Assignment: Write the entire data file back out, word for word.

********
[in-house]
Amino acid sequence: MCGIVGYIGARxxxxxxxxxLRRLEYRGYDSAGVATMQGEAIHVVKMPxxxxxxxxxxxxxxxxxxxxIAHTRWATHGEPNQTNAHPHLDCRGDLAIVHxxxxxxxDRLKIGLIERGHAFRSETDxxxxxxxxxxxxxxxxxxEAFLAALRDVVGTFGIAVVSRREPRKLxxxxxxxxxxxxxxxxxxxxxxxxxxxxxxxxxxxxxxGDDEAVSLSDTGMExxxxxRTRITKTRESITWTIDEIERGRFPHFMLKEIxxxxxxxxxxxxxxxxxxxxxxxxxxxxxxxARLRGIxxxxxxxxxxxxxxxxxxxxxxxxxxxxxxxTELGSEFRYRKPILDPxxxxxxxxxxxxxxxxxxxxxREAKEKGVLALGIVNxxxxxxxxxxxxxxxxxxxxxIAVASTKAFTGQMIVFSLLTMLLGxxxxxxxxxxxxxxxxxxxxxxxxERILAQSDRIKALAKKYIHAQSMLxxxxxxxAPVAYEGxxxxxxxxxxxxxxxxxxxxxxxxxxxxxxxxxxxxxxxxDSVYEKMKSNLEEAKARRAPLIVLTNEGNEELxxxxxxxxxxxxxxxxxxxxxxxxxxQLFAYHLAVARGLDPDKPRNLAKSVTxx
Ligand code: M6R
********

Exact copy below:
[in-house]
Amino acid sequence: MCGIVGYIGARxxxxxxxxxLRRLEYRGYDSAGVATMQGEAIHVVKMPxxxxxxxxxxxxxxxxxxxxIAHTRWATHGEPNQTNAHPHLDCRGDLAIVHxxxxxxxDRLKIGLIERGHAFRSETDxxxxxxxxxxxxxxxxxxEAFLAALRDVVGTFGIAVVSRREPRKLxxxxxxxxxxxxxxxxxxxxxxxxxxxxxxxxxxxxxxGDDEAVSLSDTGMExxxxxRTRITKTRESITWTIDEIERGRFPHFMLKEIxxxxxxxxxxxxxxxxxxxxxxxxxxxxxxxARLRGIxxxxxxxxxxxxxxxxxxxxxxxxxxxxxxxTELGSEFRYRKPILDPxxxxxxxxxxxxxxxxxxxxxREAKEKGVLALGIVNxxxxxxxxxxxxxxxxxxxxxIAVASTKAFTGQMIVFSLLTMLLGxxxxxxxxxxxxxxxxxxxxxxxxERILAQSDRIKALAKKYIHAQSMLxxxxxxxAPVAYEGxxxxxxxxxxxxxxxxxxxxxxxxxxxxxxxxxxxxxxxxDSVYEKMKSNLEEAKARRAPLIVLTNEGNEELxxxxxxxxxxxxxxxxxxxxxxxxxxQLFAYHLAVARGLDPDKPRNLAKSVTxx
Ligand code: M6R